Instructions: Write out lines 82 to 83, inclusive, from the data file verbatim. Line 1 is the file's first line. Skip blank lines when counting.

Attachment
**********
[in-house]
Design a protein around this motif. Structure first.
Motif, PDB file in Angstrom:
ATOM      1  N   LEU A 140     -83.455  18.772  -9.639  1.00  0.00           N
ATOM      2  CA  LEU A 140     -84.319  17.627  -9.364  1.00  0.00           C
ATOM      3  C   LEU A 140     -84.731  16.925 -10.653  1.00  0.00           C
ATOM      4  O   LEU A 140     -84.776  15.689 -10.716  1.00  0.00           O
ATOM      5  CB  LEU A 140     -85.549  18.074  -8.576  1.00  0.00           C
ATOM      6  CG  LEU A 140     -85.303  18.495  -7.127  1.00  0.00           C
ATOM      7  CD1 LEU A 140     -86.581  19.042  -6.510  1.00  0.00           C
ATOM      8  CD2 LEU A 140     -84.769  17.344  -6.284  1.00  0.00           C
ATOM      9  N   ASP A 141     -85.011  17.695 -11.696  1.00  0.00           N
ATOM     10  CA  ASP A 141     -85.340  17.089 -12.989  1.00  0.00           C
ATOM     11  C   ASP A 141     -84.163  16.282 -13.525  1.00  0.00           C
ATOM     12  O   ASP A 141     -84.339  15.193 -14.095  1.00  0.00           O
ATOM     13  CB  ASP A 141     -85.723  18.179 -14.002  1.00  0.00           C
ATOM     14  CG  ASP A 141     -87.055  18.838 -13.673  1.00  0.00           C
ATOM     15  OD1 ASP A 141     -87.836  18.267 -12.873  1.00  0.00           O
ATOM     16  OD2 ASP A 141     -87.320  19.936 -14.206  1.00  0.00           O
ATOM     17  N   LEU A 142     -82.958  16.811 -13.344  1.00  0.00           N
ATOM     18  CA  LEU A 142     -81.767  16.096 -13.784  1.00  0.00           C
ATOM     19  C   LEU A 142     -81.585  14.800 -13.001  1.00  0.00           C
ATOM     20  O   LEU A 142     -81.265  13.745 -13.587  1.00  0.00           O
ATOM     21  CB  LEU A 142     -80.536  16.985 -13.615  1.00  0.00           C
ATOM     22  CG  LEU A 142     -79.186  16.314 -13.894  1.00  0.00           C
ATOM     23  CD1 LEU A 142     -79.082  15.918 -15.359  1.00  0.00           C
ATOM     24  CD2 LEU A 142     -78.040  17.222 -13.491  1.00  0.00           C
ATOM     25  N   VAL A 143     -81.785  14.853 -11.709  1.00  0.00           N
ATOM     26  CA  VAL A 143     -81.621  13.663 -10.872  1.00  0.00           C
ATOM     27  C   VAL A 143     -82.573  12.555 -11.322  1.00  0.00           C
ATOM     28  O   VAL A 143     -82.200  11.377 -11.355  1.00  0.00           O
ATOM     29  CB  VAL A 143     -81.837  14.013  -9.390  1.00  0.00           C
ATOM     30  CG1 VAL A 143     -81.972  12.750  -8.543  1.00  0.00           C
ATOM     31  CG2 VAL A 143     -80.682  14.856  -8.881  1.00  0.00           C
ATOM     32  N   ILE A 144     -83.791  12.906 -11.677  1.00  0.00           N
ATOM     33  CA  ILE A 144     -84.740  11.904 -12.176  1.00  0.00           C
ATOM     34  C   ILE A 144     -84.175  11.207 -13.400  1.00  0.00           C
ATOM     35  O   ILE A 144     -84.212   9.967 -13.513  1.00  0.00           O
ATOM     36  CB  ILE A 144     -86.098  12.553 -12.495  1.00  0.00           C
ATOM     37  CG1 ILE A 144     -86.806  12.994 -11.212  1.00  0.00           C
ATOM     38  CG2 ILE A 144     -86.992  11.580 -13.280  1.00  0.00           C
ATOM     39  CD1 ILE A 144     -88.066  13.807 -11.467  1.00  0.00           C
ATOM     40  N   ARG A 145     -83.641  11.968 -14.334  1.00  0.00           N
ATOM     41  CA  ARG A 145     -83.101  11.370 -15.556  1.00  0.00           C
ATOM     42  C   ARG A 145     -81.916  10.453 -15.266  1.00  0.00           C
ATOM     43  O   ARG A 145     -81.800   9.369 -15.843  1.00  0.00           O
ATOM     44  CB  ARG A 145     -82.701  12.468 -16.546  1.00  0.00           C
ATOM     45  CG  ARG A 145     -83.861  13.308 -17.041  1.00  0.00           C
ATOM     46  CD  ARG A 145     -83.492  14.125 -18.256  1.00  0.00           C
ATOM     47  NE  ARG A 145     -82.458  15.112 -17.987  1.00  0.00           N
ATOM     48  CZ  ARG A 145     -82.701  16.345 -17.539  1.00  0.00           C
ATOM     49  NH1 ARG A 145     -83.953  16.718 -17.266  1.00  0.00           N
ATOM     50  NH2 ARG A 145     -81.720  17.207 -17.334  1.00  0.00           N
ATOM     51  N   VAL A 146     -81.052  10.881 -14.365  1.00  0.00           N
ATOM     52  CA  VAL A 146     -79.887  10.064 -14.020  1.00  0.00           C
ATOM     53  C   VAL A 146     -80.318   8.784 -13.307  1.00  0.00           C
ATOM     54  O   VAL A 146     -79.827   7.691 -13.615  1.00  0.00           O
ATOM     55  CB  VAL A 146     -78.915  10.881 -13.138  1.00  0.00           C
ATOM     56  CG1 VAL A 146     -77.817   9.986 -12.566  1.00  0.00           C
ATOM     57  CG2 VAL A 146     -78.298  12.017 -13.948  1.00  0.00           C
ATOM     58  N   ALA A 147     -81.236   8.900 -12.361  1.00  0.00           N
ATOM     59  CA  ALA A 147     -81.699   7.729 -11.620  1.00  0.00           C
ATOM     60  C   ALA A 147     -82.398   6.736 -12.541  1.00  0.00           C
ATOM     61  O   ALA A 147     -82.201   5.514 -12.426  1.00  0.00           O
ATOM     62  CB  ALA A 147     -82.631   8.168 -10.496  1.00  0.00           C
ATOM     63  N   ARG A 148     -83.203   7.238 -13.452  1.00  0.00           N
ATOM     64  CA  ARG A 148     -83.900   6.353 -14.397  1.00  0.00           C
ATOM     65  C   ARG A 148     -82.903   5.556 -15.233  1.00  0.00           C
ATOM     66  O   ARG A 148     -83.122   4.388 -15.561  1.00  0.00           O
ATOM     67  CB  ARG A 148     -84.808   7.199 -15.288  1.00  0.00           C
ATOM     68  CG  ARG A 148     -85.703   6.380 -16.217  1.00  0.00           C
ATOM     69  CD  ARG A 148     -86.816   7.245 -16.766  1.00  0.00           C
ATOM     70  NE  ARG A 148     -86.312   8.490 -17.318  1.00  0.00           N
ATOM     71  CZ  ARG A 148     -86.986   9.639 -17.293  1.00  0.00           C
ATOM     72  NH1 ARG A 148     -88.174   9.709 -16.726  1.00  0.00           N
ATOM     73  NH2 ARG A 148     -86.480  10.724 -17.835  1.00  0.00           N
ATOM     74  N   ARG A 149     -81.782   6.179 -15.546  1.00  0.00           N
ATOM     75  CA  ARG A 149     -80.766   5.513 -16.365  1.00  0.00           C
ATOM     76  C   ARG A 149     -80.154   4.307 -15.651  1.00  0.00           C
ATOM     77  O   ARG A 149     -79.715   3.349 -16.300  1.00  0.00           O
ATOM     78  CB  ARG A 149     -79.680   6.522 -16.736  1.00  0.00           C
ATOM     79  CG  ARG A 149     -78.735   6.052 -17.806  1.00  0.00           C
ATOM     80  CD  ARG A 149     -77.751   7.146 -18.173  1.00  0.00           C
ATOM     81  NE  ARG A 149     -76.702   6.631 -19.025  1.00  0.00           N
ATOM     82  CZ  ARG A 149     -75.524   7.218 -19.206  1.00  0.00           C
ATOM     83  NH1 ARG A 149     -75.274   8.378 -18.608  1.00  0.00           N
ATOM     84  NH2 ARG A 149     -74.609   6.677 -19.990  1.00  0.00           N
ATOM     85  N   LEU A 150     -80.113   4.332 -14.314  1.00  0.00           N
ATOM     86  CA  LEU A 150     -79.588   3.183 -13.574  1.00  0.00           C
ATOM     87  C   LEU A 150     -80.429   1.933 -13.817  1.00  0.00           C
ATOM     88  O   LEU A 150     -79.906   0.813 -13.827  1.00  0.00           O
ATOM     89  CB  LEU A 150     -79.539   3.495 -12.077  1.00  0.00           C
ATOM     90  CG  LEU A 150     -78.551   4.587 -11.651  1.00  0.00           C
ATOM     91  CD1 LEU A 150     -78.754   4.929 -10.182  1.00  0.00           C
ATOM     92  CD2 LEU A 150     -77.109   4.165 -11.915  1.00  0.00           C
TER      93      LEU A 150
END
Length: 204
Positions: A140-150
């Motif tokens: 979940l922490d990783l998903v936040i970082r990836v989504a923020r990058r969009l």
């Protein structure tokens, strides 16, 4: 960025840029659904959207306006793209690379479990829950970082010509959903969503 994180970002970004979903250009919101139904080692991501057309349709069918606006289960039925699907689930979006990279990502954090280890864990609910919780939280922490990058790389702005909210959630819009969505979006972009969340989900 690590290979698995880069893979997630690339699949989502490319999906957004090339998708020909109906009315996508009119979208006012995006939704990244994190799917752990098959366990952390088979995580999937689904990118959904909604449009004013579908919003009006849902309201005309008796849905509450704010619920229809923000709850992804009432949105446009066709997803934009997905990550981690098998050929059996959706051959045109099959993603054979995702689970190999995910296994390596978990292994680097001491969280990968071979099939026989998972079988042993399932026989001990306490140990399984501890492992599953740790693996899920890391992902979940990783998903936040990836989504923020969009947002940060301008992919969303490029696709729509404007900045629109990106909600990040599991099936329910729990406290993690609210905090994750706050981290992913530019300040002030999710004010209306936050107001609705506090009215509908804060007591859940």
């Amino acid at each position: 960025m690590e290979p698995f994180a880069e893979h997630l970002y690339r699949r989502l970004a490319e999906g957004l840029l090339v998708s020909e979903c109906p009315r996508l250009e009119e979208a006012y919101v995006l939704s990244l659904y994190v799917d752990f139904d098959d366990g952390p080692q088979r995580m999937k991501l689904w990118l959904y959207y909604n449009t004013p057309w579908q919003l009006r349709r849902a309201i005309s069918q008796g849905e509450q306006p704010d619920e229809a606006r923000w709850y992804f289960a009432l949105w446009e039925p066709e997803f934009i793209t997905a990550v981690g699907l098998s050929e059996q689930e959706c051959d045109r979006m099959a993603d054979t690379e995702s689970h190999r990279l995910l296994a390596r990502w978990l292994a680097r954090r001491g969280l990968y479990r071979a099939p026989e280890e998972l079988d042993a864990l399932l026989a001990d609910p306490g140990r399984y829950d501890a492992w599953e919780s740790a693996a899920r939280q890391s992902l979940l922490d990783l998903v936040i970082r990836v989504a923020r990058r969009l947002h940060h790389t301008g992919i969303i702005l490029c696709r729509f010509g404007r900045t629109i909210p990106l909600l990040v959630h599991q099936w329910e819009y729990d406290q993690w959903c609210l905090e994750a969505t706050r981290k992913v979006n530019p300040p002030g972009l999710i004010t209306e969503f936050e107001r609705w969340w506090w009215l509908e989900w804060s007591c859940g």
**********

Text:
ATOM     79  CG  ARG A 149     -78.735   6.052 -17.806  1.00  0.00           C
ATOM     80  CD  ARG A 149     -77.751   7.146 -18.173  1.00  0.00           C